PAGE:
Asymptomatic Child with a Systolic Murmur ("Innocent Murmurs of Childhood") (Fig. 1)

Exclusion Criteria

  1. The patient is 2 years old or younger.
  2. The patient is symptomatic.
  3. The patient is uncooperative during the examination.

Definition of Type of Murmurs

  1. Still's murmur: a low-frequency systolic murmur less than or equal to grade 3/6 in intensity; heard best along left sternal border; normal second heart sound; no click; no diastolic murmur.
  2. Pulmonic flow murmur: a mid-frequency murmur less than or equal to grade 3/6 in intensity; heard best at upper left sternal border; normal second heart sound; no click; no diastolic murmur.
  3. Venous hum: a high-frequency murmur of grade 3/6 or less in intensity; best heard in sitting or standing position; best heard at base of the neck or the infraclavicular or supraclavicular area; normal second heart sound; systolic and/or diastolic in timing; abolished by compression of jugular vein, change of head position, or assumption of supine position.
  4. Carotid bruit: grade 3/6 or less in intensity; heard over carotid artery; no associated precordial ejection click; no clinical evidence for aortic stenosis; no diastolic murmur; normal second heart sound.

Algorithm for Asymptomatic Child With a Systolic Murmur

This algorithm is intended to address the evaluation of the innocent murmur of childhood. Since "Time 0" is the initial evaluation by a pediatric cardiologist, the murmur will not have been classified as innocent. Hence, the algorithm is directed at the evaluation of a systolic murmur in an asymptomatic child 2 years of age or older. While many pediatric cardiologists are comfortable diagnosing an innocent murmur on the basis of the history and physical examination alone, some pediatric cardiologists obtain a chest radiogram and/or electrocardiogram. Thus, an ECG and a chest radiogram have been designated as Class II tests at the time of the initial evaluation. Because there are cases for which the history and physical findings are atypical for an innocent murmur, the algorithm provides for echocardiography* in selected cases. Once a murmur is determined to be innocent, further cardiac evaluation is unnecessary.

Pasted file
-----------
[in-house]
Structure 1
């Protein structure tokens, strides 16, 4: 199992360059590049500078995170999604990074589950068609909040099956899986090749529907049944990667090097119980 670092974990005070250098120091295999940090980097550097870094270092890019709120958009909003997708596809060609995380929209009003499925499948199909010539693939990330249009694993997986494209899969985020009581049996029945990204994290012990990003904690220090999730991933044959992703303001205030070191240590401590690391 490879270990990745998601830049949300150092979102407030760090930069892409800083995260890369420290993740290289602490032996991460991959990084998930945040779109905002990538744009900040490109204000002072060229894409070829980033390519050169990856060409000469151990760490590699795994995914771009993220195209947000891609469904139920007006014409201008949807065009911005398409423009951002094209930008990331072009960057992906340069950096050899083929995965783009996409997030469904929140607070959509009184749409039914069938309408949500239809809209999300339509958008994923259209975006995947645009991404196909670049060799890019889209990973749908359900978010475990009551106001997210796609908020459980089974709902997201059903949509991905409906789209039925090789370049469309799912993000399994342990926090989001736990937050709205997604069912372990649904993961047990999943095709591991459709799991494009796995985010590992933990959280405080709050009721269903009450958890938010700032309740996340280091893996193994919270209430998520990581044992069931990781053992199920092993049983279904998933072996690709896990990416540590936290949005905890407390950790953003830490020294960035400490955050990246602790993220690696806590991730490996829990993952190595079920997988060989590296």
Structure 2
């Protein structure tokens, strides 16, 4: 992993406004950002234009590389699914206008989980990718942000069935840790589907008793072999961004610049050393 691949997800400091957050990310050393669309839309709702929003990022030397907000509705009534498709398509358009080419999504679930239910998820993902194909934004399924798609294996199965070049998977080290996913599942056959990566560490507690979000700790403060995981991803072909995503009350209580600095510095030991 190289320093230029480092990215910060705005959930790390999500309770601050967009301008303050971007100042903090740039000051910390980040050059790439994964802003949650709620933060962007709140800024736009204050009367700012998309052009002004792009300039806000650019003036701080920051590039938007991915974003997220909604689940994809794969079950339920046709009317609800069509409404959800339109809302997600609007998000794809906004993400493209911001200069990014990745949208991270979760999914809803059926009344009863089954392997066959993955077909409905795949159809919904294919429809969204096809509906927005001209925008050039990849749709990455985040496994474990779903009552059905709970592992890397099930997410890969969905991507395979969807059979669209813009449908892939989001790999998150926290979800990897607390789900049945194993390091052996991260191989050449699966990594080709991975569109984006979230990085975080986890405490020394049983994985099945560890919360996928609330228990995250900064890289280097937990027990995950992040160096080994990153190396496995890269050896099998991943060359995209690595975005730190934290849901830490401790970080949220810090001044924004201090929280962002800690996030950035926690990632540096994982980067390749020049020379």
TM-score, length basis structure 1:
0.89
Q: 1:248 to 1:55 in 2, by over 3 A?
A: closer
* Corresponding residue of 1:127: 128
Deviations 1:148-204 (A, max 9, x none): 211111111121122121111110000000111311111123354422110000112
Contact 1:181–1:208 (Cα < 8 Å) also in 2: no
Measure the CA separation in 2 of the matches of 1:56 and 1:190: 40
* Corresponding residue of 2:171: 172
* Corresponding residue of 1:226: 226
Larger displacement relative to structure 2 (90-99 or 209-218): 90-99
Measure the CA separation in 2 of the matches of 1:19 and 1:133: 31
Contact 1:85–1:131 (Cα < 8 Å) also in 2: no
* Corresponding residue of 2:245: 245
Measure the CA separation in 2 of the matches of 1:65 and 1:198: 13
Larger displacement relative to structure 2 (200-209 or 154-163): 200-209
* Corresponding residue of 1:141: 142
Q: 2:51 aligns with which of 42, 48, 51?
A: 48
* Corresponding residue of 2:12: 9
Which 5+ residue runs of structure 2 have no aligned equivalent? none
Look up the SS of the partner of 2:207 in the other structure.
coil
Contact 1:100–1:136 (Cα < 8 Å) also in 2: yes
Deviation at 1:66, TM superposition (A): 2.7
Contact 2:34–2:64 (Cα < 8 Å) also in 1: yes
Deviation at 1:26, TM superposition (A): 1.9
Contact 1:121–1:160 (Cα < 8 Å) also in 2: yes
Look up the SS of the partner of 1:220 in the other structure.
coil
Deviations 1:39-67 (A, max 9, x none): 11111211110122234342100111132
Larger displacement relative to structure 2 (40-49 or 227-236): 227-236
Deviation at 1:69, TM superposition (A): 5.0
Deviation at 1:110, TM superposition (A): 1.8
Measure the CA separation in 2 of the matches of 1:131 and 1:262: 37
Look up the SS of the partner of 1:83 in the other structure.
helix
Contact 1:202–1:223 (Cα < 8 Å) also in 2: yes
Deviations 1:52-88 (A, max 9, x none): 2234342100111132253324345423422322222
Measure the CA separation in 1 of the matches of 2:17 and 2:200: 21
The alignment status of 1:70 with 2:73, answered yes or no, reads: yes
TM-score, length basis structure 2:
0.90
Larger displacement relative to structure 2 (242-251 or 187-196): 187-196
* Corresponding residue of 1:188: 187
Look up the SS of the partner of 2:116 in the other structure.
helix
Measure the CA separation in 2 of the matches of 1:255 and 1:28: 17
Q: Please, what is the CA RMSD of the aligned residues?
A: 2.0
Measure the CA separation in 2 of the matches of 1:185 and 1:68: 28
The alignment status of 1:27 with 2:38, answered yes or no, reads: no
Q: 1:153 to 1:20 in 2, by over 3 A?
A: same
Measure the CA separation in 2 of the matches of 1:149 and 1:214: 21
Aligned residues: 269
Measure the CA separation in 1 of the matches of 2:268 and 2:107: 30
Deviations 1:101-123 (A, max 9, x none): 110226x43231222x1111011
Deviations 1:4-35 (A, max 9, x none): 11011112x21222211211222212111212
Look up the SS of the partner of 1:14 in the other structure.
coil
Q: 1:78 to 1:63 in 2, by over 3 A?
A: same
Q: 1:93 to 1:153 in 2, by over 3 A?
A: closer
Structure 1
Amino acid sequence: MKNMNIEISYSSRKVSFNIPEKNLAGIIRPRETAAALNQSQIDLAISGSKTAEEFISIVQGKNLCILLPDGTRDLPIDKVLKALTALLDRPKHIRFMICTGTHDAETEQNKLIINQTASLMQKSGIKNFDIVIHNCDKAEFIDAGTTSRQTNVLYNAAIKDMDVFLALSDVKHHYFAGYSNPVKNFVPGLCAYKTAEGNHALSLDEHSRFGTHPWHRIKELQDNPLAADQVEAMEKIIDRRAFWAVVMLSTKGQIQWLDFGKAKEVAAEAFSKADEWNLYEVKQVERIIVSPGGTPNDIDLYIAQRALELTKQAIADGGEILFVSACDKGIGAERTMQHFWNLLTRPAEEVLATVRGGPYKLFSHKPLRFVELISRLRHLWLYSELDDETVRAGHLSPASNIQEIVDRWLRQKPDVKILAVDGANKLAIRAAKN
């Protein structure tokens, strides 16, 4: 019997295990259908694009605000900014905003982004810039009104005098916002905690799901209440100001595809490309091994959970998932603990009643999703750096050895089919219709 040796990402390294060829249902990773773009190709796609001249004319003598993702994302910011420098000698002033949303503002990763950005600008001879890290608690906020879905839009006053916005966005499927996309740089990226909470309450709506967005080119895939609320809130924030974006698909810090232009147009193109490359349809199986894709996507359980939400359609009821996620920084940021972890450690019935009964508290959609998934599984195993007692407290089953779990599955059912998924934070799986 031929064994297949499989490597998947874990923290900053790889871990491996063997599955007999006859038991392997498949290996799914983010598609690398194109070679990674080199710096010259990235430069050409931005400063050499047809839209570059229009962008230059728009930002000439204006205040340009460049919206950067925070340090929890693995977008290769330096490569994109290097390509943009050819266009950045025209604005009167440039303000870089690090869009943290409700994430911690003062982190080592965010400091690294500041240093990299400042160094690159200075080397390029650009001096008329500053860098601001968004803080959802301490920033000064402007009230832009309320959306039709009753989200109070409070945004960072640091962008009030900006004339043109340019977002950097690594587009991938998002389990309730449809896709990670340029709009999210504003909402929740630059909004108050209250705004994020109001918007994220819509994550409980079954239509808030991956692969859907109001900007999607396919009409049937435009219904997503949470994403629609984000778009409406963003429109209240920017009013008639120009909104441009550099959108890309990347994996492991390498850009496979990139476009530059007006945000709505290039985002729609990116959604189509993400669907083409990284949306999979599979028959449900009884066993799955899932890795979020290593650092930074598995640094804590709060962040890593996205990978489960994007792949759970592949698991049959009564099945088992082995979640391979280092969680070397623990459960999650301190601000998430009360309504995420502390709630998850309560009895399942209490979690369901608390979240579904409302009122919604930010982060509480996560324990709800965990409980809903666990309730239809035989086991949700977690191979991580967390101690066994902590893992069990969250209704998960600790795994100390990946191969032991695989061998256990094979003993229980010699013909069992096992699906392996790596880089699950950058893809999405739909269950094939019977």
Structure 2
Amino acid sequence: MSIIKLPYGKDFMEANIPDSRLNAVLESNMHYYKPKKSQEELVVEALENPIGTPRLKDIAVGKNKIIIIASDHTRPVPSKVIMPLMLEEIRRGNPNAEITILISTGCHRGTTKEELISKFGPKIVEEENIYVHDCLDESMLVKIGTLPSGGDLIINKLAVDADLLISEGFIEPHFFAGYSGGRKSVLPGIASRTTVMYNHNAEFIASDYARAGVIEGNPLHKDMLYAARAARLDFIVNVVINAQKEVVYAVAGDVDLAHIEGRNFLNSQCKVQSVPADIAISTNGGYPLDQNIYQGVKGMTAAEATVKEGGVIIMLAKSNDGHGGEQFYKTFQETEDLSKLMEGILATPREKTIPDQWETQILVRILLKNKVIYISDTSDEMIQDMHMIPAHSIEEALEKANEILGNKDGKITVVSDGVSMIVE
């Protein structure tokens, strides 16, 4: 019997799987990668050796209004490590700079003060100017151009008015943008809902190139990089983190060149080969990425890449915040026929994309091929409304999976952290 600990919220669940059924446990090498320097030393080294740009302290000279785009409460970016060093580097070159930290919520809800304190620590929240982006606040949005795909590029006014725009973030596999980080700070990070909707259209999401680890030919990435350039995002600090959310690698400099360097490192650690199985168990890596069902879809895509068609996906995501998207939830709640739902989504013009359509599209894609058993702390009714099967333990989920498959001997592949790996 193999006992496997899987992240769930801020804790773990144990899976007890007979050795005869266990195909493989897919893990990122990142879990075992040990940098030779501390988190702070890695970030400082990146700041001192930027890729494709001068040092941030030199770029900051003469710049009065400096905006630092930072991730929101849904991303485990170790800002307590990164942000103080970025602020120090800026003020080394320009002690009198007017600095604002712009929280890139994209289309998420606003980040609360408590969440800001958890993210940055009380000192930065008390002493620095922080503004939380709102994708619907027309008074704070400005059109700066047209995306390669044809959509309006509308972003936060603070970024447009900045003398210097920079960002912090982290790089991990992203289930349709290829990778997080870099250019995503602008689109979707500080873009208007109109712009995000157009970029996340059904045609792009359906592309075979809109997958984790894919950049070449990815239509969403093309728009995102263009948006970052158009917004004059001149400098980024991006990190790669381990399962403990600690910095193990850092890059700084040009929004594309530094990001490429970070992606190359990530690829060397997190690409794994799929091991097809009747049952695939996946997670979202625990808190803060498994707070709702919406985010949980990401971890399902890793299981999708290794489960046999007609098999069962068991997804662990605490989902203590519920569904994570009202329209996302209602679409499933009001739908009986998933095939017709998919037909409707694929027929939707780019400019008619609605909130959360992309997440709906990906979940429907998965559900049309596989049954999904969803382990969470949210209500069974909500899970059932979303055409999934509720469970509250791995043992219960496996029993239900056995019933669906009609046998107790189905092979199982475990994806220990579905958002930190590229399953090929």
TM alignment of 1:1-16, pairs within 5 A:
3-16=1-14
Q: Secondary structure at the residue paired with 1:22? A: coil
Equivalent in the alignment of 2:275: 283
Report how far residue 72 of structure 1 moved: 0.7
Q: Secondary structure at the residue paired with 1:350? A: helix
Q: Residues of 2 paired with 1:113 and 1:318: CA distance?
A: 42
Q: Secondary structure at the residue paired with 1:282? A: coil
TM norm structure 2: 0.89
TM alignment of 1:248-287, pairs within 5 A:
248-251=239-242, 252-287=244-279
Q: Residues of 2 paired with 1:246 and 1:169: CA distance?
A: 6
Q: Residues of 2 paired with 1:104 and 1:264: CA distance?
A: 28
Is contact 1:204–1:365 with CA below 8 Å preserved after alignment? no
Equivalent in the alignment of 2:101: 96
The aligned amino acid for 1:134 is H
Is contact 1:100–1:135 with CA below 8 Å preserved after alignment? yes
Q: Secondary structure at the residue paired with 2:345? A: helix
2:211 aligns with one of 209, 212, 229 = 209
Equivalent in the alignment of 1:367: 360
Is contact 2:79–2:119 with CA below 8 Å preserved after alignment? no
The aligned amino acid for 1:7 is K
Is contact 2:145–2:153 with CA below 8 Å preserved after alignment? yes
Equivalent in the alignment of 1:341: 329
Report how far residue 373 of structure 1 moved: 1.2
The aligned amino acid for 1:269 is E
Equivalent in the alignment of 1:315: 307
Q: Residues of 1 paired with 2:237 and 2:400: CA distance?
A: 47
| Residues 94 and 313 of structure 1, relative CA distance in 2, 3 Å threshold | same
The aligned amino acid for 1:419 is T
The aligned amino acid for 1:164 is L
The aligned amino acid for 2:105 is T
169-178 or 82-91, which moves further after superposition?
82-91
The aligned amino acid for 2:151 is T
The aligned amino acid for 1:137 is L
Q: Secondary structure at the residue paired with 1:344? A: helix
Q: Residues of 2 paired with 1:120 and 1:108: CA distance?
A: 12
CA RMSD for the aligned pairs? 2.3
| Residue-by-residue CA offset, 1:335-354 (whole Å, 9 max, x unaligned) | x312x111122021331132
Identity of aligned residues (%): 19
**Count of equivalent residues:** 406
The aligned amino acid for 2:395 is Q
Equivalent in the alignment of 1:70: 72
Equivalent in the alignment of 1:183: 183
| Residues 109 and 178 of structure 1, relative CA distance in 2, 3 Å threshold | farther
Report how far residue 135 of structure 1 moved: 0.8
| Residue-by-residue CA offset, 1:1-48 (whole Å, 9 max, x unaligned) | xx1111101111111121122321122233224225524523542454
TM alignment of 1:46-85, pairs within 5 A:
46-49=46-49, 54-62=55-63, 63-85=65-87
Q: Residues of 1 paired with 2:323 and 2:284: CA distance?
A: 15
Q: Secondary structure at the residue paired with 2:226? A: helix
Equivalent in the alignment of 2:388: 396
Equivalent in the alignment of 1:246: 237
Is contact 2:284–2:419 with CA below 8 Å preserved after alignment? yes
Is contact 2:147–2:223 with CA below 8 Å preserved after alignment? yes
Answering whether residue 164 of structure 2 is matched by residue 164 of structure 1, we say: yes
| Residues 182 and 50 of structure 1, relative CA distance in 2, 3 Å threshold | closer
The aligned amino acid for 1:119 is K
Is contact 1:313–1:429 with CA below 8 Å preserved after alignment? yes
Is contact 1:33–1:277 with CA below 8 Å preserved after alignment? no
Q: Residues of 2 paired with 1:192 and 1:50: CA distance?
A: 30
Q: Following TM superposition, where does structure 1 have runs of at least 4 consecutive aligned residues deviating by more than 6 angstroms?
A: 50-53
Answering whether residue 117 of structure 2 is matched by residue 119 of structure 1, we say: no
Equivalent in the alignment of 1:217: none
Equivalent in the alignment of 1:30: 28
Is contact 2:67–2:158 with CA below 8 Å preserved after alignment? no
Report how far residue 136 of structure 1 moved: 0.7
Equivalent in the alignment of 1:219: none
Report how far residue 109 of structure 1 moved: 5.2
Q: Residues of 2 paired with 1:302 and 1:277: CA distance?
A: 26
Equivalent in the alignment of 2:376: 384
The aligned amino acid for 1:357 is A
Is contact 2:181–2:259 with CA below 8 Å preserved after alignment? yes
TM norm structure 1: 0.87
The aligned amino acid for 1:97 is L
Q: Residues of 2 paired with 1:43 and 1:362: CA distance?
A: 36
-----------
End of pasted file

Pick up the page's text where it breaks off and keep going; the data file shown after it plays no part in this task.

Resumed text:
Patent Ductus Arteriosus (Fig. 2) and (Fig. 3)

Exclusion Criteria

  1. The patient has associated cardiovascular anomalies.
  2. The patient has symptoms or signs of congestive heart failure.
  3. The patient was born prematurely.
  4. The patient has pulmonary vascular obstructive disease.

Algorithms for Patent Ductus Arteriosus

Two algorithms are provided for the management of patent ductus arteriosus. For the first, "Time 0" is the initial evaluation by a pediatric cardiologist and the patient is less than 6 months old, and for the second the patient is 6 months old or older at the time of that evaluation. The algorithms provide for an initial history, physical examination, electrocardiogram, and echocardiogram. In patients with a patent ductus arteriosus that has been documented echocardiographically, surgical closure of the defect can be done without additional echocardiographic studies if the physical findings remain typical for an uncomplicated patent ductus arteriosus. If the findings become atypical, one additional echocardiographic study is considered necessary. The algorithm provides for elective closure of the patent ductus arteriosus sometime within the first year of life.

After surgery, successful ligation/division of the ductus arteriosus can be documented by physical examination. The algorithm provides for a posthospital outpatient evaluation, usually within 3 months of surgery. A chest radiogram may be necessary to exclude persistent perioperative problems. Echocardiography to confirm ductal closure is a class II test and is intended to demonstrate complete closure of the patent ductus arteriosus. It is recognized that additional postoperative studies may be needed for treatment of individual patients in the perioperative period. The evaluation provides for detection of additional perioperative problems such as wound infection, pleural effusion, etc. After documentation of successful ligation/division of the ductus arteriosus and resolution of all perioperative problems, further cardiac evaluation is unnecessary.

The algorithm for patent ductus arteriosus in patients older than 6 months differs from that for patients younger than 6 months only in that surgical closure can be performed shortly after diagnosis.